Cliffs rising from sea

Cliffs rising from sea

We rounded the first point before heading offshore for a few minutes to see a couple of rare penguins frolicking around in the water. We returned towards the mountain wall under Mitre Peak. The wall of rock towered almost vertically to its 1692 metre high summit with only two breaks of rock heading across the side of it. Towards the top of the mountain the rock was completely free of vegetation. Vertical lines of rock extended all the way from the top to the bottom as part of the formation of the rock deep beneath the surface before it was abruptly thrust above the surface only a few million years ago.

Mile high cliffs

Mile high cliffs

As the mountains have been raised, enormous glaciers have played their part in eroding deep channels, to below sea level.

Penguins

Penguins

Across the other side of the fiord another hanging valley extended between the Lion and the Elephant. From the lowest point of the valley Stirling Falls plunged over the side. It looked rather small from over this side of the fiord, but a large boat, hardly more than a dot from here, put its sheer scale into perspective.

The Lion and the Elephant

The Lion and the Elephant

We continued following the edge of the mile high cliff. Small waterfalls were flowing down the cliffs, bringing down the rain that had fallen overnight. The waterfalls were obvious at the top where they plunged over the side of the lower part of the cliff. The water fanned out into a fine mist looking like rain falling into the deep seawater.

Waterfall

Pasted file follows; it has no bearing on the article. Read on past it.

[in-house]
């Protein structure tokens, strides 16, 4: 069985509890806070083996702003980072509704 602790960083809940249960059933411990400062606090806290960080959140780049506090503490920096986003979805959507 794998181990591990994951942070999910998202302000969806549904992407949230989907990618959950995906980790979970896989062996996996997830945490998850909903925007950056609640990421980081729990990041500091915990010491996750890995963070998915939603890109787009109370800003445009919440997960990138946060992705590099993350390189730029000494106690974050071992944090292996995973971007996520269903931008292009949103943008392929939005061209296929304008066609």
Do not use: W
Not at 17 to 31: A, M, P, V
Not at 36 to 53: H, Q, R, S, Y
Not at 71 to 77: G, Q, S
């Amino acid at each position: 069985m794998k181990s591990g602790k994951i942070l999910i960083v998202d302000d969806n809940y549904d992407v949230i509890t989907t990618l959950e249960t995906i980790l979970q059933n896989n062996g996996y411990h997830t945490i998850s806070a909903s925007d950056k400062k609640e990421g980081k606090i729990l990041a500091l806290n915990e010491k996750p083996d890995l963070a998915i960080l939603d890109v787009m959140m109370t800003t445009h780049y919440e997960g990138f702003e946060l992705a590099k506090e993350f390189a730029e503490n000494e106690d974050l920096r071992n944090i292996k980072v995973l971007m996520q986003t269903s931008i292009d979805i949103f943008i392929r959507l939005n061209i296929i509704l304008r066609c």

Waterfall

We headed around Copper Point, named for the greenish blue copper deposit in parts on the rock. Small shrubs clung to cracks in the vertical rock wall. Moss and ferns grew in some of the smaller cracks. Despite this impossible terrain, life has managed to find a way to survive here.

Green copper at Copper Point

Green copper at Copper Point

At the end of Copper Point was a small rocky outcrop jutting out towards the entrance to the Tasman Sea. Several large seals were resting on the rock with a few more swimming in the dark surrounding water. We hovered here for a little while before heading out towards the entrance.

Seals at Copper Point

Seals at Copper Point

Upon leaving Copper Point, we headed a short distance towards Fairy Falls, a temporary waterfall catching the light creating its own rainbow through the fine mist falling from the scrubby forest above.

Fairy Falls

Fairy Falls

We approached very close to the waterfall, where the falling water looked like heavy rain falling over the rock wall with the bright sun shining through it.

Fairy Falls

Fairy Falls